Friday, October 12, 2012

Taste test: Survey says...

This is going to be a different sort of post (as if a post about cardboard and toilet paper was not unusual enough!).  And it is not a survey.  It is just a little window into why I made a fundamental choice in my overall technique.

That technique would be NMM, or Non-metallic metals.  Since there is so much debate and vitriol over this topic on the web, I want to make it known that I am not advocating anything, or putting anything down.  This is strictly about my own personal choice.

People have all sorts of reasons for choosing one over the other, and I will not bore you by repeating them here.  I'd rather be painting anyway!

My choice was primarily based in my training.  That is decades of work in watercolors, pastels, acrylics, and oils.  There are no metallic paints in these mediums that were ever part of my original training.  You had to simulate the look of metal by dealing with contrasts and reflected light/colors.  This is basically what NMM is, just on a 3D surface.  It was only natural for me to choose this method, and it has been great fun over the years.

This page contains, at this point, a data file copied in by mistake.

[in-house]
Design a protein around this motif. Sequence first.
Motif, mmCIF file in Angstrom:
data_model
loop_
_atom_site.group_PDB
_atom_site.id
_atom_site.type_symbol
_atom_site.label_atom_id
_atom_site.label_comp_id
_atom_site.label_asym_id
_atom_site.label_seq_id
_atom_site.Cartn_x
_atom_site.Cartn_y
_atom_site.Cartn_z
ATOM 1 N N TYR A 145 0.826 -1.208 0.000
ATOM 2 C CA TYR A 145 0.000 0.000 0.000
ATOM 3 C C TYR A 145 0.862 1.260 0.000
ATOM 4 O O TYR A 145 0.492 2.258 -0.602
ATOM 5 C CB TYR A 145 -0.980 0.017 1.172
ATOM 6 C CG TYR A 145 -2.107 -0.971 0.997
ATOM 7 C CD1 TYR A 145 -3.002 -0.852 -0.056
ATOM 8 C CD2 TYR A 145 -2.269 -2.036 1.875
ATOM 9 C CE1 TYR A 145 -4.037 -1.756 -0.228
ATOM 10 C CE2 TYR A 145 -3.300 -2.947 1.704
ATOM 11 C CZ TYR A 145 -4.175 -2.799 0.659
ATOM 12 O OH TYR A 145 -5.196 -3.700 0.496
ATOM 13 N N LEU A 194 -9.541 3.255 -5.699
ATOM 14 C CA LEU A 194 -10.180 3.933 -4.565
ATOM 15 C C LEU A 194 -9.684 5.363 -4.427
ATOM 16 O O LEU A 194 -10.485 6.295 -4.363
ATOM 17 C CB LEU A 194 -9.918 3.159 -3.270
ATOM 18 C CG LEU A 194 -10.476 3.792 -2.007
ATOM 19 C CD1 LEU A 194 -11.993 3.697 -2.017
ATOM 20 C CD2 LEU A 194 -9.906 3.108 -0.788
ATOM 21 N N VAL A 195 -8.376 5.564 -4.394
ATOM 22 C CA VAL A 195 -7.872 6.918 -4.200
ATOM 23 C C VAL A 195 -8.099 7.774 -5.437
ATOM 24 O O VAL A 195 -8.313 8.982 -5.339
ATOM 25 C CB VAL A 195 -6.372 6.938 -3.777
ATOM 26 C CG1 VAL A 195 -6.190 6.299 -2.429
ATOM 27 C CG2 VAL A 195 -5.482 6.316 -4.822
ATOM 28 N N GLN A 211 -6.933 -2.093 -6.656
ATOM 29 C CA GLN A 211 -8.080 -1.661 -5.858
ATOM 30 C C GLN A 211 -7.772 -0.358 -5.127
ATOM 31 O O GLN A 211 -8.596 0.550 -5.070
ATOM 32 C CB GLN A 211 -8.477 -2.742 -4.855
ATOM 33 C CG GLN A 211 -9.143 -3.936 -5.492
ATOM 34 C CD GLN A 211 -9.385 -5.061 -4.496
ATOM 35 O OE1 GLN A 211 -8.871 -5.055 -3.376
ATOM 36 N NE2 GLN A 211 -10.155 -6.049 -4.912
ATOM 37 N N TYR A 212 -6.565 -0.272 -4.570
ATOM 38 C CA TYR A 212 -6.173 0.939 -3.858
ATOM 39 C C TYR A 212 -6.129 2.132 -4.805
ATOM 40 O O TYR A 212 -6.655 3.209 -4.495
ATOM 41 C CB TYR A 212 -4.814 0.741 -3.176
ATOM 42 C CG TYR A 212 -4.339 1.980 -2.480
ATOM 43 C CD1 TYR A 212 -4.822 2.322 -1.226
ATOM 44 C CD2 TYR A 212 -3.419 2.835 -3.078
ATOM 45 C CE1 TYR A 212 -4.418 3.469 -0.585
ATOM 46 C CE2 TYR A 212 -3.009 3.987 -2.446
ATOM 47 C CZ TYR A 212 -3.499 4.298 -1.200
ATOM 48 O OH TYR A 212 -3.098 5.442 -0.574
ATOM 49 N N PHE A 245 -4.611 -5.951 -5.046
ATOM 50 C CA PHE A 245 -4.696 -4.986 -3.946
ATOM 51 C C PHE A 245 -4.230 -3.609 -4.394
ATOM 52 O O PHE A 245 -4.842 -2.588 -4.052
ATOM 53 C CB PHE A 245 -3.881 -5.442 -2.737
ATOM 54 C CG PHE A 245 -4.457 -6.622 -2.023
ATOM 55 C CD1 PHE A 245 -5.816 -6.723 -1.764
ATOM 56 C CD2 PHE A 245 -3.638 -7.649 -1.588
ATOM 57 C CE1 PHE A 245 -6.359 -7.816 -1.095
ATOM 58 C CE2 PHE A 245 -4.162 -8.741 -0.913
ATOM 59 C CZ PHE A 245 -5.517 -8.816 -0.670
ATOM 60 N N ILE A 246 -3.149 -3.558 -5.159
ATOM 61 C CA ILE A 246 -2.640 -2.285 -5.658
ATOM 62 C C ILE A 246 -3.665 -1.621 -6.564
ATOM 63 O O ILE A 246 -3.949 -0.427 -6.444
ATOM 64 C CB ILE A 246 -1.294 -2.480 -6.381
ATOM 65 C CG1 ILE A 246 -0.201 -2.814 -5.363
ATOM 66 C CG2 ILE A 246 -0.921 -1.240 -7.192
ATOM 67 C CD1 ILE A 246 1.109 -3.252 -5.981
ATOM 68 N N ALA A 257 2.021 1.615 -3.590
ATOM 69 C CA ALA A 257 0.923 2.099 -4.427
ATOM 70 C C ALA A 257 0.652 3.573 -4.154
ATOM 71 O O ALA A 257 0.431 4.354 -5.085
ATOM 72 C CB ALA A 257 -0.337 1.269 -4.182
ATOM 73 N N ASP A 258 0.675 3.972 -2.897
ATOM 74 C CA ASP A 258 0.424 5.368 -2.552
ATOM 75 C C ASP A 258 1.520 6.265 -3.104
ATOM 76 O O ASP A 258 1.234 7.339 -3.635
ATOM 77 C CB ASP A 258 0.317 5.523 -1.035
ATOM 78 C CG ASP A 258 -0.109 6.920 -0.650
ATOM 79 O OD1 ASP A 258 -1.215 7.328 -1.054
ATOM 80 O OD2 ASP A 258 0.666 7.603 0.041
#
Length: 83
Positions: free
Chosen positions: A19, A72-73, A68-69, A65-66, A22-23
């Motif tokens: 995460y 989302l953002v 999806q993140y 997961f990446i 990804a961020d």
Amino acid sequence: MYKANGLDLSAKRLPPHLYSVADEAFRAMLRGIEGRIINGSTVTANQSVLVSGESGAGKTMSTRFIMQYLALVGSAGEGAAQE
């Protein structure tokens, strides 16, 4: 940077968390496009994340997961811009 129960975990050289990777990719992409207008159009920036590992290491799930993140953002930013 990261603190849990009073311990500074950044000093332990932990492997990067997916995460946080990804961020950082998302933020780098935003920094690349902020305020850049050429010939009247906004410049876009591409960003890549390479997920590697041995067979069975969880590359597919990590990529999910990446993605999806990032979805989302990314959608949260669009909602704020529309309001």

In the last 12 years, I have experimented here and there with metallics, but never liked using them, or the results.  Again, I have seen other people do incredible things with them, and I salute them.  It's just not for me.  I will continue to experiment, though. :-)

Recently, I had thought of using my 2 LOTR armies as laboratories in which I would conduct many experiments with metallic paints.  It was not really the best choice, since those figures are not as well sculpted or cast as most figures.

In this example, I have some side by side pictures of the original Galdrhim knights in metallics, and then in the repainted NMM version from yesterday.

I am pretty sure you can determine which is which.  If I have been spectacularly clever, and you don't see it right away, the NMM figure is on the left.  Both of these figures are at the same stage of "shaded basecoat" and glazing.